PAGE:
March 9, 2004
CHALLENGER [I]GIVE PEOPLE WHAT THEY WANT IN LETHAL DOSES[/I] REVIEW
This is pummeling, high-octane melodic hardcore, fleshed out with vocal harmonies, mildly tricky structures, and lyrics that addresses the state of the world (e.g. "We've got too much time on our hands / To handle the amount of time our hands are dangling by our sides"). There's no small amount of passion here, a more-than-capable dynamism borne out of a digestion of Hüsker Dü and Minutemen records, and a wealth of melodic energy. However, while Challenger come across as a band for whom the word "emo" is equivalent to a categorical stake through the heart, it's anyone's guess why they've chosen to spend their entire debut CD pandering to that term's every whim. For instance, when "Brand Loyalty" attempts the dissection of a "flawed relationship" dynamic by setting a deadpan boy/girl feud against a punchy, wriggly punk backdrop, the enduring impression is of a Dashboard B-side or a misjudged Rites Of Spring emulation by, say, Brand New.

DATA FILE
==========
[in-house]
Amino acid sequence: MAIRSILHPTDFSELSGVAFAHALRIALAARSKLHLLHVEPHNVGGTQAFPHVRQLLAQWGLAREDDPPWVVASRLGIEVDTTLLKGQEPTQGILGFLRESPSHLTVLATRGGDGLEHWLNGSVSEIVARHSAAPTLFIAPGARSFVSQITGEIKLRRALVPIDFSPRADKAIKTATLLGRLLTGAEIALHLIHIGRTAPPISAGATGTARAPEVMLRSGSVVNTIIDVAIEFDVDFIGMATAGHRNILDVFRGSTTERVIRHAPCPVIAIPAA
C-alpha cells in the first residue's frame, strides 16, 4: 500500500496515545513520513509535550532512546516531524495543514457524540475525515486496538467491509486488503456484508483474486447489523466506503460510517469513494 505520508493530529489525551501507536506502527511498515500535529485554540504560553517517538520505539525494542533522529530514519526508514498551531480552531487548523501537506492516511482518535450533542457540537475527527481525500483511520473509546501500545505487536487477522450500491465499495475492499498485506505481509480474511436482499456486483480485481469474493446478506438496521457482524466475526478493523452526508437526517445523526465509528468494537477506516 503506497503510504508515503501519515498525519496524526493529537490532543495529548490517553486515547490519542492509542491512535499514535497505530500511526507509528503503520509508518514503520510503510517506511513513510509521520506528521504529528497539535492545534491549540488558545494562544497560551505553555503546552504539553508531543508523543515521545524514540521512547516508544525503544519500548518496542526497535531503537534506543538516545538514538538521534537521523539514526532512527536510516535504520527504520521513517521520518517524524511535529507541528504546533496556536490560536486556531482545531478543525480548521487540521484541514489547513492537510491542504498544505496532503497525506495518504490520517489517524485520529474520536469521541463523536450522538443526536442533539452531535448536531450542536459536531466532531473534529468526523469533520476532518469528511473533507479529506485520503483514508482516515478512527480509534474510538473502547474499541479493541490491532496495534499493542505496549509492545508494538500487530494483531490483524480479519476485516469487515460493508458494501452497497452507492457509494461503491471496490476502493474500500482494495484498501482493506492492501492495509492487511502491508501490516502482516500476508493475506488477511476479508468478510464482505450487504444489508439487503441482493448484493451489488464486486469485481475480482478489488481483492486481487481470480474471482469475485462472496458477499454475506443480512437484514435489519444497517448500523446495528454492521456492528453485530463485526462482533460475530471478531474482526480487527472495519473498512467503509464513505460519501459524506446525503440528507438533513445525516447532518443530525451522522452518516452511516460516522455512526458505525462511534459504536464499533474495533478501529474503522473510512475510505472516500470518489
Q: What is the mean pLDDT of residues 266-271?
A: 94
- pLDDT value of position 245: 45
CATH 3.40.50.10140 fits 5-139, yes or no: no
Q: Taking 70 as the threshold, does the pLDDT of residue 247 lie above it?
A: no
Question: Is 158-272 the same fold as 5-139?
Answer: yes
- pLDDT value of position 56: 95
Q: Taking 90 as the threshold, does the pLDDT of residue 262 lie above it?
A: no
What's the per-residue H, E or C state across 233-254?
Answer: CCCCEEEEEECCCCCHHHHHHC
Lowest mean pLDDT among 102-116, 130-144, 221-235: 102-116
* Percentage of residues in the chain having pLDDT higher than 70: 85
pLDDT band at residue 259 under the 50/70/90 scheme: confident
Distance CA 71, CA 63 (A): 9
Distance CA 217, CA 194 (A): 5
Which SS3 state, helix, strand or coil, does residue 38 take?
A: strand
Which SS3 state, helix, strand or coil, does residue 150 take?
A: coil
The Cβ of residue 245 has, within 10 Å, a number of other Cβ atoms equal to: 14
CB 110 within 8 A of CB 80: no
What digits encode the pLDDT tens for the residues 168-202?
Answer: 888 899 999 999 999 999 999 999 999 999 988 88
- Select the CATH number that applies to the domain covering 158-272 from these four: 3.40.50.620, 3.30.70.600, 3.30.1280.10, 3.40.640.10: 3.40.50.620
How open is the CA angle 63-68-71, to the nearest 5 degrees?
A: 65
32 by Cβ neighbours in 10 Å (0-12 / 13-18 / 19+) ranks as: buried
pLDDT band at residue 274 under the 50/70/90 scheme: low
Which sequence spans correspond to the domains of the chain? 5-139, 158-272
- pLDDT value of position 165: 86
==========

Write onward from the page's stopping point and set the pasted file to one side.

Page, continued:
Whatever's lacking in originality, however, is more than made up for in delivery. The band, which features Milemarker's Al Burian and Dave Laney, displays a devastating tightness, the album's writhing energy underscoring their refusal to sit still. Not only that, but for a record composed entirely of anthemic punk stompers (the only moment approaching restraint being the brisk closer "The Trojan Horse"), it's an unabashed triumph of brevity. It may be preaching to the converted, so to speak, but there's enough here to ensure Challenger the loving audience of die-hards that this kind of unbridled energy rewards.
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